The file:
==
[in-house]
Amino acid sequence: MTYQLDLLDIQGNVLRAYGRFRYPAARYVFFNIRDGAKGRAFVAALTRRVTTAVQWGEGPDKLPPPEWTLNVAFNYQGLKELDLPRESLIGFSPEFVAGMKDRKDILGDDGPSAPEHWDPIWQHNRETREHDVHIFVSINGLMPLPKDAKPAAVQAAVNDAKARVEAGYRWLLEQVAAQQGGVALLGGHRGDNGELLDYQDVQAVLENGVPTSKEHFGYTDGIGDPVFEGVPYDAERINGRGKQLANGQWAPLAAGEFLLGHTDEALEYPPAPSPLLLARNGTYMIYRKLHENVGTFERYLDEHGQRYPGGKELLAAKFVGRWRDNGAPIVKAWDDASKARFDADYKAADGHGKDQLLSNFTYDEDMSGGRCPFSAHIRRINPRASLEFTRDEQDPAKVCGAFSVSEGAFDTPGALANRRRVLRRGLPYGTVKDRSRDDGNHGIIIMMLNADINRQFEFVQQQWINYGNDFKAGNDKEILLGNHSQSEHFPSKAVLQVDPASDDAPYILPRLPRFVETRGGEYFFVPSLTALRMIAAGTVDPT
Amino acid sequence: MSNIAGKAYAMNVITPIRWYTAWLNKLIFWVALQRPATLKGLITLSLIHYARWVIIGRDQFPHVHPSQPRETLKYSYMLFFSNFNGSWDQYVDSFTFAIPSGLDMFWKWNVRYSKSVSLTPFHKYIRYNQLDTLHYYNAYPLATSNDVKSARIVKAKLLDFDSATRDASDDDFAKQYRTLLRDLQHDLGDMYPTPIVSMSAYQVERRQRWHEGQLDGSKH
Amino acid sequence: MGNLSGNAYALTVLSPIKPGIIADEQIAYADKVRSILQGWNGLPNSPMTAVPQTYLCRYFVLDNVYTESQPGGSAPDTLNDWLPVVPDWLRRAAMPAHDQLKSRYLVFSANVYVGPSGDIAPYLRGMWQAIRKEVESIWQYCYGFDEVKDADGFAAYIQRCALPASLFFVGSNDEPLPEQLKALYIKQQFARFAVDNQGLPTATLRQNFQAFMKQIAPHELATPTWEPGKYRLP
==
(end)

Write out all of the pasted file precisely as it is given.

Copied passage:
[in-house]
Amino acid sequence: MTYQLDLLDIQGNVLRAYGRFRYPAARYVFFNIRDGAKGRAFVAALTRRVTTAVQWGEGPDKLPPPEWTLNVAFNYQGLKELDLPRESLIGFSPEFVAGMKDRKDILGDDGPSAPEHWDPIWQHNRETREHDVHIFVSINGLMPLPKDAKPAAVQAAVNDAKARVEAGYRWLLEQVAAQQGGVALLGGHRGDNGELLDYQDVQAVLENGVPTSKEHFGYTDGIGDPVFEGVPYDAERINGRGKQLANGQWAPLAAGEFLLGHTDEALEYPPAPSPLLLARNGTYMIYRKLHENVGTFERYLDEHGQRYPGGKELLAAKFVGRWRDNGAPIVKAWDDASKARFDADYKAADGHGKDQLLSNFTYDEDMSGGRCPFSAHIRRINPRASLEFTRDEQDPAKVCGAFSVSEGAFDTPGALANRRRVLRRGLPYGTVKDRSRDDGNHGIIIMMLNADINRQFEFVQQQWINYGNDFKAGNDKEILLGNHSQSEHFPSKAVLQVDPASDDAPYILPRLPRFVETRGGEYFFVPSLTALRMIAAGTVDPT
Amino acid sequence: MSNIAGKAYAMNVITPIRWYTAWLNKLIFWVALQRPATLKGLITLSLIHYARWVIIGRDQFPHVHPSQPRETLKYSYMLFFSNFNGSWDQYVDSFTFAIPSGLDMFWKWNVRYSKSVSLTPFHKYIRYNQLDTLHYYNAYPLATSNDVKSARIVKAKLLDFDSATRDASDDDFAKQYRTLLRDLQHDLGDMYPTPIVSMSAYQVERRQRWHEGQLDGSKH
Amino acid sequence: MGNLSGNAYALTVLSPIKPGIIADEQIAYADKVRSILQGWNGLPNSPMTAVPQTYLCRYFVLDNVYTESQPGGSAPDTLNDWLPVVPDWLRRAAMPAHDQLKSRYLVFSANVYVGPSGDIAPYLRGMWQAIRKEVESIWQYCYGFDEVKDADGFAAYIQRCALPASLFFVGSNDEPLPEQLKALYIKQQFARFAVDNQGLPTATLRQNFQAFMKQIAPHELATPTWEPGKYRLP